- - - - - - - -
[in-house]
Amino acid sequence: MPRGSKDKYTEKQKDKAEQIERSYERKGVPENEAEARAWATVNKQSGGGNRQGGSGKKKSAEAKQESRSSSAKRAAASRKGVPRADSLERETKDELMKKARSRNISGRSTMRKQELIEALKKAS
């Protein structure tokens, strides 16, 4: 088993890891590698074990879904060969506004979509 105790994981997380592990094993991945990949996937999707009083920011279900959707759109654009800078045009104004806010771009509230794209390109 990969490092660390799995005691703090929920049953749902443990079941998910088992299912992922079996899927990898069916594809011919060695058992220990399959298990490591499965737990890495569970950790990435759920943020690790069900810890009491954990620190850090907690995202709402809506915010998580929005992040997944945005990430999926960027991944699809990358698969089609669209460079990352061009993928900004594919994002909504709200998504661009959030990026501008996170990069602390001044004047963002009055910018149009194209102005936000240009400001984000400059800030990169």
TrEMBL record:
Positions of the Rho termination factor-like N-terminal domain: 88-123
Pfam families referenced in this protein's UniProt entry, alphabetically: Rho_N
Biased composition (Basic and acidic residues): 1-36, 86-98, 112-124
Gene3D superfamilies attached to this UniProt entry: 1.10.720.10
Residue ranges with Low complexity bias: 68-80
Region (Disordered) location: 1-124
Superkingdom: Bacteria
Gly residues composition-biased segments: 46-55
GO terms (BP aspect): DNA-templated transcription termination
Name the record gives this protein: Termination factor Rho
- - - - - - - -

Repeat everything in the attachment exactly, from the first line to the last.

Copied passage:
[in-house]
Amino acid sequence: MPRGSKDKYTEKQKDKAEQIERSYERKGVPENEAEARAWATVNKQSGGGNRQGGSGKKKSAEAKQESRSSSAKRAAASRKGVPRADSLERETKDELMKKARSRNISGRSTMRKQELIEALKKAS
């Protein structure tokens, strides 16, 4: 088993890891590698074990879904060969506004979509 105790994981997380592990094993991945990949996937999707009083920011279900959707759109654009800078045009104004806010771009509230794209390109 990969490092660390799995005691703090929920049953749902443990079941998910088992299912992922079996899927990898069916594809011919060695058992220990399959298990490591499965737990890495569970950790990435759920943020690790069900810890009491954990620190850090907690995202709402809506915010998580929005992040997944945005990430999926960027991944699809990358698969089609669209460079990352061009993928900004594919994002909504709200998504661009959030990026501008996170990069602390001044004047963002009055910018149009194209102005936000240009400001984000400059800030990169």
TrEMBL record:
Positions of the Rho termination factor-like N-terminal domain: 88-123
Pfam families referenced in this protein's UniProt entry, alphabetically: Rho_N
Biased composition (Basic and acidic residues): 1-36, 86-98, 112-124
Gene3D superfamilies attached to this UniProt entry: 1.10.720.10
Residue ranges with Low complexity bias: 68-80
Region (Disordered) location: 1-124
Superkingdom: Bacteria
Gly residues composition-biased segments: 46-55
GO terms (BP aspect): DNA-templated transcription termination
Name the record gives this protein: Termination factor Rho